A document published by the government on Friday reveals that Liverpool City Council temporarily advised care homes not to use rapid lateral flow tests (LFTs) to allow visitors due to fears over false negatives.
A notice written by researchers at the University of Liverpool, published by the government alongside other Scientific Advisory Group for Emergencies (Sage) documents on Friday but dated November 25, states that the Liverpool health -protection board had decided to pause plans to use LSTs in care home settings.
Authorities in Greater Manchester and Sheffield have also raised concerns that the tests, which can return results in a matter of minutes, had failed to detect enough infections. While the rollout of the care home test scheme was temporarily paused in Liverpool, it resumed from December 3 alongside rules against hugging or skin-to-skin contact.
The government recently changed its in advice for care homes, allowing visits across all tiers unless there’s an outbreak in the home. The LFTs are instrumental to this plan, with more than a million already sent to hundreds of England’s biggest care homes.
They are the same tests that are being sent to tier 3 areas as part of the government’s first wave of community testing, with 67 local authorities given approval to begin “testing support programmes” as soon as Monday to “drive down transmission rates in their areas.”
In a statement released on Saturday, health and social care secretary Matt Hancock said: “I am really pleased to announce the first areas embarking on enhanced community testing programmes - after the successful work in Liverpool.”
He did not mention the concern around false negatives, but a line in the release put out by the Department of Health and Social Care (DHSC) states: “Extensive clinical evaluation has been carried out on the lateral flow tests by Public Health England and the University of Oxford which show these tests are accurate and sensitive enough to be used in the community.”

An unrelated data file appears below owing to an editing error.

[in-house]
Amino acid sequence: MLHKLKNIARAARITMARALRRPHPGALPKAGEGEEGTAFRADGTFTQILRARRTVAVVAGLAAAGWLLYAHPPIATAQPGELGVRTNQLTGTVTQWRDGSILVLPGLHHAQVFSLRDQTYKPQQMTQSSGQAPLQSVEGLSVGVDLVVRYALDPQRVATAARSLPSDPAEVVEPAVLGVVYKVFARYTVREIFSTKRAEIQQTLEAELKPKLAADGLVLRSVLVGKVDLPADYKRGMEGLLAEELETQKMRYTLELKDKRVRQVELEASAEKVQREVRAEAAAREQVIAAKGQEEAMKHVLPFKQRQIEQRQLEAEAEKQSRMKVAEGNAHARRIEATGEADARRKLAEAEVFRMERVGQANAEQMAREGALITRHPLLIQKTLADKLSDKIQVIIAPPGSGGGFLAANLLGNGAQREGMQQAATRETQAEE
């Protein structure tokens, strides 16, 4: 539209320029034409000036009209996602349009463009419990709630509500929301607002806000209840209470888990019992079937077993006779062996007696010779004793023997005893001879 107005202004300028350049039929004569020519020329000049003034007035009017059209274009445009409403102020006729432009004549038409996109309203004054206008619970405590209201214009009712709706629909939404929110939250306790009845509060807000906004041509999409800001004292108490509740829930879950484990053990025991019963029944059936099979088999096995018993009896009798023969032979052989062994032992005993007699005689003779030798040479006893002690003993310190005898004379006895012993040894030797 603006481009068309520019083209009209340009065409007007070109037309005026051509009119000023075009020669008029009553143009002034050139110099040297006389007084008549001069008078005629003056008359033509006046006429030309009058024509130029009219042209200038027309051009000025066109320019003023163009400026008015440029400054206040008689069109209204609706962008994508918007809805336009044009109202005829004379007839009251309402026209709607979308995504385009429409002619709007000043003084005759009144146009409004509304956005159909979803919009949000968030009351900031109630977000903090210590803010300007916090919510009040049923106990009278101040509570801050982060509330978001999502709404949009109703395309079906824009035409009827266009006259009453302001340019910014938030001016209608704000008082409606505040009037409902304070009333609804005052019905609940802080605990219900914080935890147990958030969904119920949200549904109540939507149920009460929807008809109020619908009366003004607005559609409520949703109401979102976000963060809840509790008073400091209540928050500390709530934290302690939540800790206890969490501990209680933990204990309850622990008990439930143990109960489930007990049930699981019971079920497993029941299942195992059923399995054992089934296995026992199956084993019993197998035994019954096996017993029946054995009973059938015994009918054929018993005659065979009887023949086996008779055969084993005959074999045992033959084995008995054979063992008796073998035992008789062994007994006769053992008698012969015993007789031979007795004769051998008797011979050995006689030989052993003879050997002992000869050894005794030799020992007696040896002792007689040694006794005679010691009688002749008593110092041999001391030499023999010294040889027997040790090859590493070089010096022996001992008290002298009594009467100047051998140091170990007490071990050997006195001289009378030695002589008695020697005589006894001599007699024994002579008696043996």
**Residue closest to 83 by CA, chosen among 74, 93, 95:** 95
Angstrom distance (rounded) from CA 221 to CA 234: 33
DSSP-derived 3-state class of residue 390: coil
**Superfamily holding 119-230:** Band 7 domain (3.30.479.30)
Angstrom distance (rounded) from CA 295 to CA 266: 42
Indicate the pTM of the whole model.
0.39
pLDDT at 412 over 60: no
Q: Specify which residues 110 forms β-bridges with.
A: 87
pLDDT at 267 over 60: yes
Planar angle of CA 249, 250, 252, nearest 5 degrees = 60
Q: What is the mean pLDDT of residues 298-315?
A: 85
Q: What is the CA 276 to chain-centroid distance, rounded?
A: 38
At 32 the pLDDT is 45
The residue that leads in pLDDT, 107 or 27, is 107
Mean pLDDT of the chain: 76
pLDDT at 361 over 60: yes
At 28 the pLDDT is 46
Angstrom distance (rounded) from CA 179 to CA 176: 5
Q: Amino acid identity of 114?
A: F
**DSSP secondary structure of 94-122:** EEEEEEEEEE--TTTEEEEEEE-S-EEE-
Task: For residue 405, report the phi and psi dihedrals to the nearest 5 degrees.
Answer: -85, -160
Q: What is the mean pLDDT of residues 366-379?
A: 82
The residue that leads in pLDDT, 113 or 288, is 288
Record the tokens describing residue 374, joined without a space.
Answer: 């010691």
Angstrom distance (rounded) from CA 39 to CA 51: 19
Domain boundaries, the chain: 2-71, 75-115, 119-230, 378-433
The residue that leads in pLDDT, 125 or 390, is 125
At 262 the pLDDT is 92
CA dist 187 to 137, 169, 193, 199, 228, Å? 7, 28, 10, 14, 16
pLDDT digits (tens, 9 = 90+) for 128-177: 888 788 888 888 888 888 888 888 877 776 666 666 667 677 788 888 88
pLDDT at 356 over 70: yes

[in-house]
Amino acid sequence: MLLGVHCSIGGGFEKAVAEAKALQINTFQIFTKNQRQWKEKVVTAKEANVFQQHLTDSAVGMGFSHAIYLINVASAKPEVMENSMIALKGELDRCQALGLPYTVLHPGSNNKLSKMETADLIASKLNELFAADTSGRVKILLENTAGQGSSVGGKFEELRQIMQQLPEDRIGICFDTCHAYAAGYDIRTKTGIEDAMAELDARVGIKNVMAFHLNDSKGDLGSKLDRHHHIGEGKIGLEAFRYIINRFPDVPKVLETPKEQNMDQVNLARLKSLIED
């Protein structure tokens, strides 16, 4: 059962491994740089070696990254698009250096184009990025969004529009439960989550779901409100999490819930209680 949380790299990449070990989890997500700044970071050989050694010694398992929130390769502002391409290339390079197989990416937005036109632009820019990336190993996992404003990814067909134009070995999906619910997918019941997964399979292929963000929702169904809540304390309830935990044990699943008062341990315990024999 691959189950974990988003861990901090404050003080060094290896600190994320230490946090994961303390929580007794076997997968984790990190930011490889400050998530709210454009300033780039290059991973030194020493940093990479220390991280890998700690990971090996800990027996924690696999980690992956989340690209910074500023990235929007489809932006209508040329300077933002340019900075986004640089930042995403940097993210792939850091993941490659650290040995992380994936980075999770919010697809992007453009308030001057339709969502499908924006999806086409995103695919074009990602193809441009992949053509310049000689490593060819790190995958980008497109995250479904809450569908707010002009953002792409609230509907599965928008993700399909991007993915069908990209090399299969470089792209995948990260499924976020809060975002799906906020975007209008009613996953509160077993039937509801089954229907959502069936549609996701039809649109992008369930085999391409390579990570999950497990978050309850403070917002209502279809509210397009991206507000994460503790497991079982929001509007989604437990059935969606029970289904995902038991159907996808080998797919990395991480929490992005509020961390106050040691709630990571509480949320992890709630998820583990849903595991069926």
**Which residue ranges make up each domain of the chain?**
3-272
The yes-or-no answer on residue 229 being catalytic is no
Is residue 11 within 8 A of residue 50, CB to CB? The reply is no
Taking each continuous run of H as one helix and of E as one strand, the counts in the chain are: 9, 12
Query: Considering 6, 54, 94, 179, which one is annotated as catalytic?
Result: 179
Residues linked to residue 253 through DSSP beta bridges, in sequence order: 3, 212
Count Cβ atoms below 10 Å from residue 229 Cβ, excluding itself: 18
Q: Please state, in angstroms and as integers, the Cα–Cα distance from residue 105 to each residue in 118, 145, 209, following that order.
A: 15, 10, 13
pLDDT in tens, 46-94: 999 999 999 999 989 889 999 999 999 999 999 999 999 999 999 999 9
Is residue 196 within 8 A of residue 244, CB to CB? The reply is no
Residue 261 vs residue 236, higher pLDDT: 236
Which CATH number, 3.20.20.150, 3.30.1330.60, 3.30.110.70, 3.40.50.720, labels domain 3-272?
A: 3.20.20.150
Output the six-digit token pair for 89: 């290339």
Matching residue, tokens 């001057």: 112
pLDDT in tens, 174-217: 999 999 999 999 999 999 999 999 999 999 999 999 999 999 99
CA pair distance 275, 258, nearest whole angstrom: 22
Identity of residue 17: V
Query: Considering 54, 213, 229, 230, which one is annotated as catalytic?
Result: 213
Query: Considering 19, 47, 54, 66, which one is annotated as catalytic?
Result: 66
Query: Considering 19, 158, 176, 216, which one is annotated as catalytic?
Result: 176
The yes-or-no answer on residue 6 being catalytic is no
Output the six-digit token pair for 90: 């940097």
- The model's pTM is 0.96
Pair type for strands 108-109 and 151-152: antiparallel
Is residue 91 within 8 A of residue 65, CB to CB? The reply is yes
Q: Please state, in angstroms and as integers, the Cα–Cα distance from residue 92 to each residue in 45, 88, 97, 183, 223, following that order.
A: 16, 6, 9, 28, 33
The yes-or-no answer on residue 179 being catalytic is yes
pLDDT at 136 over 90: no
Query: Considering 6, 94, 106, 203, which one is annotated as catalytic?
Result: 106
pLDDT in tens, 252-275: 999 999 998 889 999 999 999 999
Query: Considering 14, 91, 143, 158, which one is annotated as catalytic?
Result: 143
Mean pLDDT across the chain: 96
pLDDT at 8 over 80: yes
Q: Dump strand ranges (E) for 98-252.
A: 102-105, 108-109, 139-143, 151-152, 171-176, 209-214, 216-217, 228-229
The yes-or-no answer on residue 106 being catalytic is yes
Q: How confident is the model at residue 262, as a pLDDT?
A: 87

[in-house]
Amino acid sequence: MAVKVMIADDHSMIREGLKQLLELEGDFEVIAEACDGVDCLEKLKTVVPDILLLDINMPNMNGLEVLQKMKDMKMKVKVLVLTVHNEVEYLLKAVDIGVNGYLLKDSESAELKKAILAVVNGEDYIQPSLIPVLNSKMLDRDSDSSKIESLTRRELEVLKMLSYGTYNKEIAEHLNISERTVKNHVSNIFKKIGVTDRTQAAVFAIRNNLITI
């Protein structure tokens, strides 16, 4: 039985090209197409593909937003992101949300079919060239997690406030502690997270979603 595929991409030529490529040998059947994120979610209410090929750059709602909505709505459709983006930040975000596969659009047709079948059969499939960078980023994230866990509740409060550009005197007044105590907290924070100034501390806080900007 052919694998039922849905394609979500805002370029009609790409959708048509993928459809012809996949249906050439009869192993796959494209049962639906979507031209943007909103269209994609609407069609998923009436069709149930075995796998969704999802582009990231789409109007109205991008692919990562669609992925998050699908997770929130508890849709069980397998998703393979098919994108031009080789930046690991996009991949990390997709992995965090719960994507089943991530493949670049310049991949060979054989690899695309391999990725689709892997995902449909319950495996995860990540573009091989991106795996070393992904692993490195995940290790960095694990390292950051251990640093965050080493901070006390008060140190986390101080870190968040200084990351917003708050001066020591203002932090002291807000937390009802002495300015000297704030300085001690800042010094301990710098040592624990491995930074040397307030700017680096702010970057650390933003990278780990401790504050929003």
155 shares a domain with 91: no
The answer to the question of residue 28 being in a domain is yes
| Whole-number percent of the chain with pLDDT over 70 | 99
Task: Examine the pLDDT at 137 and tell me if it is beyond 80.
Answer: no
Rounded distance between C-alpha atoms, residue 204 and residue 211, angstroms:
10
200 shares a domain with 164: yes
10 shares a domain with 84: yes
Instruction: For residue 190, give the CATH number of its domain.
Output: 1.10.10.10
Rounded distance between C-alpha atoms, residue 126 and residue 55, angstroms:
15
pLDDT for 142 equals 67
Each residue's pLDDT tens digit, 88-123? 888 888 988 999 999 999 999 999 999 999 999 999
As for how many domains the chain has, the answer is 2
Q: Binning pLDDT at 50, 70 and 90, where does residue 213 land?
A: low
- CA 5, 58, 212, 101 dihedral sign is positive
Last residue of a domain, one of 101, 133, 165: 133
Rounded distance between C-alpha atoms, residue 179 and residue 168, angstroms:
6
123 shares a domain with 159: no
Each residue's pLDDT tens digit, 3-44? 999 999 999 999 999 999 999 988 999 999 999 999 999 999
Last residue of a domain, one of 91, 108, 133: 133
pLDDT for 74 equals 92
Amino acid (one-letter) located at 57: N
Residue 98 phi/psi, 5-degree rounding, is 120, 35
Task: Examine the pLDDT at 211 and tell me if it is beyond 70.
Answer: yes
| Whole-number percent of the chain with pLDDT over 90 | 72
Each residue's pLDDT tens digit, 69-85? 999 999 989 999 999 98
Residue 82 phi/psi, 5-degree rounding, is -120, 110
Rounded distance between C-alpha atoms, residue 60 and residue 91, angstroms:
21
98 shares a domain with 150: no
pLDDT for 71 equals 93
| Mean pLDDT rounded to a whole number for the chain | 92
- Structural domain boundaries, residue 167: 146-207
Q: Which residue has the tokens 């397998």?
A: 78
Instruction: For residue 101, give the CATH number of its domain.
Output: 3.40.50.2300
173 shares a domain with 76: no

The tests are intended to be used hand-in-hand with PCR tests, which can take days to return a result but are regarded as a more reliable indicator of whether or not someone has Covid-19, whereas asymptomatic people have been encouraged to use the LTFs to gauge rates in the community.
Experts have already raised serious concerns about LFT tests providing a false sense of reassurance. Earlier in December, government figures were released from the Liverpool pilot scheme which showed they missed half of all cases and a third of those with a high viral load who were likely to be the most infectious.
Professor Jon Deeks, of Birmingham University, said the tests were being used in ways for which they were never intended with potentially dangerous consequences.
“They are a low-tech test, they can’t detect low levels of the virus. The World Health Organisation has said ‘Don’t use it for this purpose,’ the manufacturer said ‘Don’t use it for this purpose’,” he told Today.
“We can’t see why the government is progressing with using this test when it is missing so many people.
“They have been sold to people with the idea that if you are negative you will be able to go and visit people, you will be able to be clear that you haven’t got Covid, and that it really dangerous.”
But Dr Susan Hopkins, chief medical adviser to NHS Test and Trace, has defended their use, saying the tests had enabled them to find many cases of infection in people without Covid-19 symptoms that would otherwise have been missed.
“What we are doing here is case detection. We are not saying people do not have the disease if their test is negative,” she told the BBC Radio 4 Today programme.
“We are trying to say (to people who test positive) ‘You do have the disease and now we want you to go and isolate for ten days’. That is a whole different game-changer.”
A Department of Health and Social Care spokesperson said: “Extensive testing has shown lateral flow devices are suitable for use in care homes where they can help to identify people who are the most likely to spread the virus further and therefore support the prevention of transmission of the disease from staff and visitors.
“Testing is only part of the approach and it’s essential visitors wear PPE and follow all infection control methods to keep their loved ones, other residents and staff as safe as possible.
“We have sent out millions of tests, provided free PPE and issued guidance to help bring families back together. Care home residents in all tiers will have the chance to see their relatives before Christmas and homes across the country are arranging visits now.”
Editor’s Note: An earlier version of this story stated that the current advice from Liverpool City Council to care homes was not to use LFTs. This has now been updated.